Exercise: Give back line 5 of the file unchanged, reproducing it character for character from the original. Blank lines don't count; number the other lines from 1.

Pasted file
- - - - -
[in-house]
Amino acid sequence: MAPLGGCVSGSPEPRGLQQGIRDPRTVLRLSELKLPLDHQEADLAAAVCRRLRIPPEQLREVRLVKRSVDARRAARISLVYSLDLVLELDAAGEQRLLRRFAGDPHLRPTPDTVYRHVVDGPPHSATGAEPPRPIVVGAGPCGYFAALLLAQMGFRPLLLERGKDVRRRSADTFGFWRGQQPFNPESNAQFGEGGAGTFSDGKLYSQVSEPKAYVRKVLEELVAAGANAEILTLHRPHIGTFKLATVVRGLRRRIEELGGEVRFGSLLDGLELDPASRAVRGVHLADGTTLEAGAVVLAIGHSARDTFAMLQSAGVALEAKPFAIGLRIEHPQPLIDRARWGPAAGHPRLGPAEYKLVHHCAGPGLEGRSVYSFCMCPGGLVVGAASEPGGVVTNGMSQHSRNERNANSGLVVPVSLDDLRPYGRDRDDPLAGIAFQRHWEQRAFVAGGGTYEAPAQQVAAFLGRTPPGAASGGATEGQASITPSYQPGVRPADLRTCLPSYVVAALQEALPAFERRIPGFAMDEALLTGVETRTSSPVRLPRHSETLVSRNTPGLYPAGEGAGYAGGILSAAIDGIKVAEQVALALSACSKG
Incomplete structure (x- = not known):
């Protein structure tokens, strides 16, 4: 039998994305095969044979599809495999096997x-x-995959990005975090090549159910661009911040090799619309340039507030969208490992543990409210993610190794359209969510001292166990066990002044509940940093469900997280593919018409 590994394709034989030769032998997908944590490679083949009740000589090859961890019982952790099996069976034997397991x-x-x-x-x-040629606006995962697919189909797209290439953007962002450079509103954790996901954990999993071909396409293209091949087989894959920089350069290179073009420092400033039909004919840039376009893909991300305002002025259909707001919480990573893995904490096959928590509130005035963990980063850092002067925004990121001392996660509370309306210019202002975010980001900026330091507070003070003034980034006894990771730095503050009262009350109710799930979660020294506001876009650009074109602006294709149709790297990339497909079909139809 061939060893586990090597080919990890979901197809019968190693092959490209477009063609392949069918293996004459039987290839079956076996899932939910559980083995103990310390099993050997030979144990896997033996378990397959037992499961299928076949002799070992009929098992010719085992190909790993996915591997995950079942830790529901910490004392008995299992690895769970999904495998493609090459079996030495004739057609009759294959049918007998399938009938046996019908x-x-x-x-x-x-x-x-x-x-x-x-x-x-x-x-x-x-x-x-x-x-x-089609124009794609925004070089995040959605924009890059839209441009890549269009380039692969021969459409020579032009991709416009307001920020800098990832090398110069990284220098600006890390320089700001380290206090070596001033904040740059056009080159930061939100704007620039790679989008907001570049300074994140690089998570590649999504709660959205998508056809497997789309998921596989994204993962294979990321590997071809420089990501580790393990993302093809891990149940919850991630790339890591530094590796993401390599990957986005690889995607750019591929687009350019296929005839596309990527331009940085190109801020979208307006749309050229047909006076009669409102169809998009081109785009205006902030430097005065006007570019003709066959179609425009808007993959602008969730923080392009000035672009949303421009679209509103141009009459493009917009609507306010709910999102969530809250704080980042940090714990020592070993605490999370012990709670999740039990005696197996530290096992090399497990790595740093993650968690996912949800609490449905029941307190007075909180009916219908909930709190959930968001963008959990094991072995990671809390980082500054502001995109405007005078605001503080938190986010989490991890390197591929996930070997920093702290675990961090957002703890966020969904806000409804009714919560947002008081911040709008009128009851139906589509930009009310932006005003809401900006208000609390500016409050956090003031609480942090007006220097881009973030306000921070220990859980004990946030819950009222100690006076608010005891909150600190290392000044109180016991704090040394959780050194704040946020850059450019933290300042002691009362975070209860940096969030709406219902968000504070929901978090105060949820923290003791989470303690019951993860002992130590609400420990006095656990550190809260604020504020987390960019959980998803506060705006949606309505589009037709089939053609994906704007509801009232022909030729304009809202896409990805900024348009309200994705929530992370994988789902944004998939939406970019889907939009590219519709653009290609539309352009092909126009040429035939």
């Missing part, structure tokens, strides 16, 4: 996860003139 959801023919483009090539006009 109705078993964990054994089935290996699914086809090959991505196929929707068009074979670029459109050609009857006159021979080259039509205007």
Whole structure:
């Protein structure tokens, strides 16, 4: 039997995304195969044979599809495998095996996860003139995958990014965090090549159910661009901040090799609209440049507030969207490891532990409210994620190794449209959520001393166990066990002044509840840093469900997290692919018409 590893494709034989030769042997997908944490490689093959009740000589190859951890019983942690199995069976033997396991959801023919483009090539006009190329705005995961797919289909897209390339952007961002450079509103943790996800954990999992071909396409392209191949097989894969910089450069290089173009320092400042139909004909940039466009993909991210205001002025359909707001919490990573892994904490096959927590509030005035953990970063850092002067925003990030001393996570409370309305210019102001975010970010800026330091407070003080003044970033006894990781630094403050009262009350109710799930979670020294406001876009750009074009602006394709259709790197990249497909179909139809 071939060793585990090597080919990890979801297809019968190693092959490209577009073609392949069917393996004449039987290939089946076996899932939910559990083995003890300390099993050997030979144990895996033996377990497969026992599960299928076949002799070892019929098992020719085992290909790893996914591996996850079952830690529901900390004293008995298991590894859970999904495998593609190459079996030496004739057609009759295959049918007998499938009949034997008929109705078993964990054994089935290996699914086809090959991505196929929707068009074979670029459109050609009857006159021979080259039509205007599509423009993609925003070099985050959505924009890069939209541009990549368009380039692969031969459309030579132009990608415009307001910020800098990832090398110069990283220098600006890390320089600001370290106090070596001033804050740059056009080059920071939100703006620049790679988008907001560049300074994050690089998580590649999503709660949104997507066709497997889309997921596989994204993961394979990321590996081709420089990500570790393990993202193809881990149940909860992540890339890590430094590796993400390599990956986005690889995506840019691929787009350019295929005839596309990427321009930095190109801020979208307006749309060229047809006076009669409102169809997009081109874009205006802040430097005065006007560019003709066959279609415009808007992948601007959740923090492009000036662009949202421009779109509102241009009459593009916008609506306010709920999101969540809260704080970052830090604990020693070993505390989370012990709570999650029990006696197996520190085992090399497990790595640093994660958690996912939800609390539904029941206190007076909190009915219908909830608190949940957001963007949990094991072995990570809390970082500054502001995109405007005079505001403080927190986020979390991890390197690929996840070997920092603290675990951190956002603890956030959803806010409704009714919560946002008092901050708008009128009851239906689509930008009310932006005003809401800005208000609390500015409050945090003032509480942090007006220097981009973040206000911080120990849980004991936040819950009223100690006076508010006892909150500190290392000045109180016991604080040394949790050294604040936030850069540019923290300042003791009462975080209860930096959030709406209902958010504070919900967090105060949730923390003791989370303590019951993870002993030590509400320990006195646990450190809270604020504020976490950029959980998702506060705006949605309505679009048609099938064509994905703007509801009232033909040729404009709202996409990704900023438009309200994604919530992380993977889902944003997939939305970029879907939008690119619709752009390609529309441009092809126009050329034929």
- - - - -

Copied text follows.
């Missing part, structure tokens, strides 16, 4: 996860003139 959801023919483009090539006009 109705078993964990054994089935290996699914086809090959991505196929929707068009074979670029459109050609009857006159021979080259039509205007």